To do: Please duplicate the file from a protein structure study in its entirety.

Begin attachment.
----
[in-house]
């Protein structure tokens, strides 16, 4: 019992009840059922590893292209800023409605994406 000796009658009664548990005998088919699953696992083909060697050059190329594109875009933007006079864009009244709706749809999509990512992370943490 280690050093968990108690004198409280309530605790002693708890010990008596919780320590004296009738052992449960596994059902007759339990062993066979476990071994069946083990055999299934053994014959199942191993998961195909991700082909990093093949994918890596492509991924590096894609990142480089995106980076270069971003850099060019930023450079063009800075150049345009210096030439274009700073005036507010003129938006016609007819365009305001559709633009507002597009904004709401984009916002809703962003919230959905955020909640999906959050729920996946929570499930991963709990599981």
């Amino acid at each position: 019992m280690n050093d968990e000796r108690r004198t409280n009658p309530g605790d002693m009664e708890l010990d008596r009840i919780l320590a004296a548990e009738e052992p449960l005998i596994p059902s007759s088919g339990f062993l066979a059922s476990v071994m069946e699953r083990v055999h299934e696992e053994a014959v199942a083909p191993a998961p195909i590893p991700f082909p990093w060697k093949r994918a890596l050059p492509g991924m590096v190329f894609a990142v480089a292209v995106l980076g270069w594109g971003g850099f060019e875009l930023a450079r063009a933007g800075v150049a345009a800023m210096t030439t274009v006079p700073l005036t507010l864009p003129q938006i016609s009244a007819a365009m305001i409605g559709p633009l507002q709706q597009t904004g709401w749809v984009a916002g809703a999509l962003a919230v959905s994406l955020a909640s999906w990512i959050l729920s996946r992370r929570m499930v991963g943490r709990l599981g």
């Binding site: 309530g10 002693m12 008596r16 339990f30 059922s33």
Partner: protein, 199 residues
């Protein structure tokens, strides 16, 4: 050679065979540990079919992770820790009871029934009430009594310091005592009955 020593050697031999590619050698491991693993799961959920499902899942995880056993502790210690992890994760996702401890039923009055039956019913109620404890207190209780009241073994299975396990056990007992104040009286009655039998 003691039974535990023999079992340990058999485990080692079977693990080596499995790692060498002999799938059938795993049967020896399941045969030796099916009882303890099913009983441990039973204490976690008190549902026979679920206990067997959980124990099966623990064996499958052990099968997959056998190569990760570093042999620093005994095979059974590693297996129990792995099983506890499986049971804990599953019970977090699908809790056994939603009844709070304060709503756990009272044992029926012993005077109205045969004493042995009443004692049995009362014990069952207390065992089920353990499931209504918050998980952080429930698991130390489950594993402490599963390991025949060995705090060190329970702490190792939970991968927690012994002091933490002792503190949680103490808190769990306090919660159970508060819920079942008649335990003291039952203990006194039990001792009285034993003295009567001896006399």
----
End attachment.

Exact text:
[in-house]
């Protein structure tokens, strides 16, 4: 019992009840059922590893292209800023409605994406 000796009658009664548990005998088919699953696992083909060697050059190329594109875009933007006079864009009244709706749809999509990512992370943490 280690050093968990108690004198409280309530605790002693708890010990008596919780320590004296009738052992449960596994059902007759339990062993066979476990071994069946083990055999299934053994014959199942191993998961195909991700082909990093093949994918890596492509991924590096894609990142480089995106980076270069971003850099060019930023450079063009800075150049345009210096030439274009700073005036507010003129938006016609007819365009305001559709633009507002597009904004709401984009916002809703962003919230959905955020909640999906959050729920996946929570499930991963709990599981």
């Amino acid at each position: 019992m280690n050093d968990e000796r108690r004198t409280n009658p309530g605790d002693m009664e708890l010990d008596r009840i919780l320590a004296a548990e009738e052992p449960l005998i596994p059902s007759s088919g339990f062993l066979a059922s476990v071994m069946e699953r083990v055999h299934e696992e053994a014959v199942a083909p191993a998961p195909i590893p991700f082909p990093w060697k093949r994918a890596l050059p492509g991924m590096v190329f894609a990142v480089a292209v995106l980076g270069w594109g971003g850099f060019e875009l930023a450079r063009a933007g800075v150049a345009a800023m210096t030439t274009v006079p700073l005036t507010l864009p003129q938006i016609s009244a007819a365009m305001i409605g559709p633009l507002q709706q597009t904004g709401w749809v984009a916002g809703a999509l962003a919230v959905s994406l955020a909640s999906w990512i959050l729920s996946r992370r929570m499930v991963g943490r709990l599981g």
């Binding site: 309530g10 002693m12 008596r16 339990f30 059922s33």
Partner: protein, 199 residues
């Protein structure tokens, strides 16, 4: 050679065979540990079919992770820790009871029934009430009594310091005592009955 020593050697031999590619050698491991693993799961959920499902899942995880056993502790210690992890994760996702401890039923009055039956019913109620404890207190209780009241073994299975396990056990007992104040009286009655039998 003691039974535990023999079992340990058999485990080692079977693990080596499995790692060498002999799938059938795993049967020896399941045969030796099916009882303890099913009983441990039973204490976690008190549902026979679920206990067997959980124990099966623990064996499958052990099968997959056998190569990760570093042999620093005994095979059974590693297996129990792995099983506890499986049971804990599953019970977090699908809790056994939603009844709070304060709503756990009272044992029926012993005077109205045969004493042995009443004692049995009362014990069952207390065992089920353990499931209504918050998980952080429930698991130390489950594993402490599963390991025949060995705090060190329970702490190792939970991968927690012994002091933490002792503190949680103490808190769990306090919660159970508060819920079942008649335990003291039952203990006194039990001792009285034993003295009567001896006399």